In most capitalist economies, it is a generally accepted rule that environmental improvements must wait until economic growth has reached a certain level. This misguided mantra has led to delays in the implementation of sustainable development principles, resulting in today’s environmental and climate crisis.
When talking about sustainable development, one must keep in mind that this type of development seeks to establish a balance of economic, ecological, and social objectives. However, the reality is that the maximization of profit and growth of national economies have for decades been the primary objectives.
The dominant economic system of today is based on the idea of constant growth and development. Incidentally, this idea relies on a series of erroneous presuppositions, and the most critical one, from the environmental perspective, is that natural resources are unlimited. Moreover, it can often be heard that the environment must be sacrificed for the sake of economic growth.
Economic growth first, then we can talk about ecology
American economist and statistician Simon Kuznets has contributed to economic science with the discovery of the correlation between inequality and long-term economic development. According to his findings, market forces increase economic inequality over time (during the industrialization period) and then decrease it once a country has completed the industrialization process.
In the 1990s, American economists Gene M. Grossman and Alan B. Krueger compared data on gross domestic product (GDP) movements in about 40 countries with information on the local water and air pollution, arriving at a conclusion that pollution had increased over time and then began to decrease as GDP expanded. The shape was identical to the Kuznets curve, so their discovery was named the environmental Kuznets curve.
The curve tells us that economic development in early stages leads to increased environmental threats, and then, after a certain level of development is reached, environmental degradation declines. The curve shows that we must be patient until we have reached a certain level of economic development in order to see the state of the environment improve.
Economists who support this theory mainly use three arguments. Firstly, as living standards increase, the population begins to care about environmental problems, demanding high standards and strict rules. Secondly, the industries of rich countries can afford cleaner (more expensive) technologies. Finally, in developed economies the share of the services sector increases at the expense of manufacturing, which supposedly automatically leads to a reduction in direct pollution.
Still, the state of the economy is not decisive
The arguments of proponents of the environmental Kuznets curve have several shortcomings. The deficiencies of this theory are reflected primarily in the fact that, from the environmental perspective, it does not take into account important information such as the use of resources, emissions of harmful gases, loss of biodiversity, land degradation, deforestation etc., but is based solely on water and air quality data. Also, from the economic point of view, it does not take into account data on technologies used, public policies and economic systems in the observed countries.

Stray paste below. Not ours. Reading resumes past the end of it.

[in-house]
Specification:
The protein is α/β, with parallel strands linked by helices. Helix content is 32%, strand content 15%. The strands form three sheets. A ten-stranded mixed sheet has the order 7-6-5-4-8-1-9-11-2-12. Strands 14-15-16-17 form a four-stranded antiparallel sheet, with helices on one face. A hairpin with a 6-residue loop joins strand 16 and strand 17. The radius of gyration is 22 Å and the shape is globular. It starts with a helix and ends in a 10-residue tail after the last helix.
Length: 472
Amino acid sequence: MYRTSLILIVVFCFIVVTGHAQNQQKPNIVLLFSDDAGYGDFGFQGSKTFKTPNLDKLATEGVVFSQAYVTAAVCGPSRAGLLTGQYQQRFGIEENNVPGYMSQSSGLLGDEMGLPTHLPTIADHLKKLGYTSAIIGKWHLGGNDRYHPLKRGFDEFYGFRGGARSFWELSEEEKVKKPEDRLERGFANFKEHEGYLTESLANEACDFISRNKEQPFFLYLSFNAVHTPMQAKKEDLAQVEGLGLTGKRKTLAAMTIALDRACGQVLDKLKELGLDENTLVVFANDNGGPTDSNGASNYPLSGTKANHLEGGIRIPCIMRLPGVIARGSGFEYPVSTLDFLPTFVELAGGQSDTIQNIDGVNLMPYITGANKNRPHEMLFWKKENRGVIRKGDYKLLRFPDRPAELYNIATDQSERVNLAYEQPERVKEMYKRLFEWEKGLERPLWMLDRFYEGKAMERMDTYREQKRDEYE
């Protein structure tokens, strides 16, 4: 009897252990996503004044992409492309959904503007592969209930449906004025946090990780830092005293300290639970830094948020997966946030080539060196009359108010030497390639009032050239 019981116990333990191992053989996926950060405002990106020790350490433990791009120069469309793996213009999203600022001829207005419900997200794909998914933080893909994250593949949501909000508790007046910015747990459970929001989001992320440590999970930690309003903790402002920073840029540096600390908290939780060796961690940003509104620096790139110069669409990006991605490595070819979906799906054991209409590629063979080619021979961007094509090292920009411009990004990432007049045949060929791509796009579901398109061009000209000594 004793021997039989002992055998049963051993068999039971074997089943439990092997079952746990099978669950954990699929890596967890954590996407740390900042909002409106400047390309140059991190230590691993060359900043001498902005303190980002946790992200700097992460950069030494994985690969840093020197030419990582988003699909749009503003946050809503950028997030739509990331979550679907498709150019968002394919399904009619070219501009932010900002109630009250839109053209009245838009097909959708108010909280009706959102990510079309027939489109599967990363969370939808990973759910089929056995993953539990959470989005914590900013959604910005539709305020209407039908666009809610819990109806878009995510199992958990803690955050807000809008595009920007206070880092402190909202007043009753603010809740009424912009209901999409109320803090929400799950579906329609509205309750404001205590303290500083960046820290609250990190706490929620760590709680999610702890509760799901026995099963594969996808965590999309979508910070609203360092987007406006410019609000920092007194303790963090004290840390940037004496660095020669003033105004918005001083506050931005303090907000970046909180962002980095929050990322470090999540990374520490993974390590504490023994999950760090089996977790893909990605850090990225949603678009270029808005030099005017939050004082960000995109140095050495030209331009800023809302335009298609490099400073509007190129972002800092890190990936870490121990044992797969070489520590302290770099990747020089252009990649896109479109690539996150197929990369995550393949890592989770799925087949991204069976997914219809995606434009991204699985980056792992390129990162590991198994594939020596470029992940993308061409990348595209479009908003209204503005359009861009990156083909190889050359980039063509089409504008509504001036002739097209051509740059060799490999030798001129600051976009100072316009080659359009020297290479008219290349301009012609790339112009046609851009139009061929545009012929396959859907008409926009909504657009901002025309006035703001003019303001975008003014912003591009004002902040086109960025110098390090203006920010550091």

Reassessing the environmental Kuznets curve, economics professors Mariano Torras and James K. Boyce arrived at the conclusion that society does not have to wait for GDP to grow in order to demand clean water and air. Torras and Boyce cross-referenced the data used in developing the environmental Kuznets curve with indicators of the power of individuals in a large number of countries (especially low-income ones).
They found that the quality of the environment is better if income is more evenly distributed and there is a high level of literacy, as well as if civil and political rights are better respected.
Transition to services shifts polluting elsewhere
Furthermore, the power of individuals also drives an increase in environmental standards and legislative improvements, which eventually leads to pressure on the industry to switch to cleaner technologies. Also, cleaning the water and air in a country through a transition from an industrial to a services-based economy does not eliminate polluters, but rather relocates them to countries lacking high environmental standards.
Additionally, thanks to the improved quality of data on national resource flows, today we can see that the world’s most developed countries are consuming natural resources much faster than the planet can replenish them. This is a consequence of the linear economy approach (take-make-consume-throw away). Also, the fact that highly developed countries are among the biggest emitters of harmful gases has caused the current climate crisis.
Even though the authors themselves have acknowledged that the environmental Kuznets curve has deficiencies, it has nevertheless become a widely accepted economic mantra that has for decades been used by decision makers to justify the situation where the industrialization process allegedly must be dirty. In our region too, this mantra is obviously being used and abused to cover up failure and maintain the status quo.
(The text was initially published at the portal Balkan Green Energy News)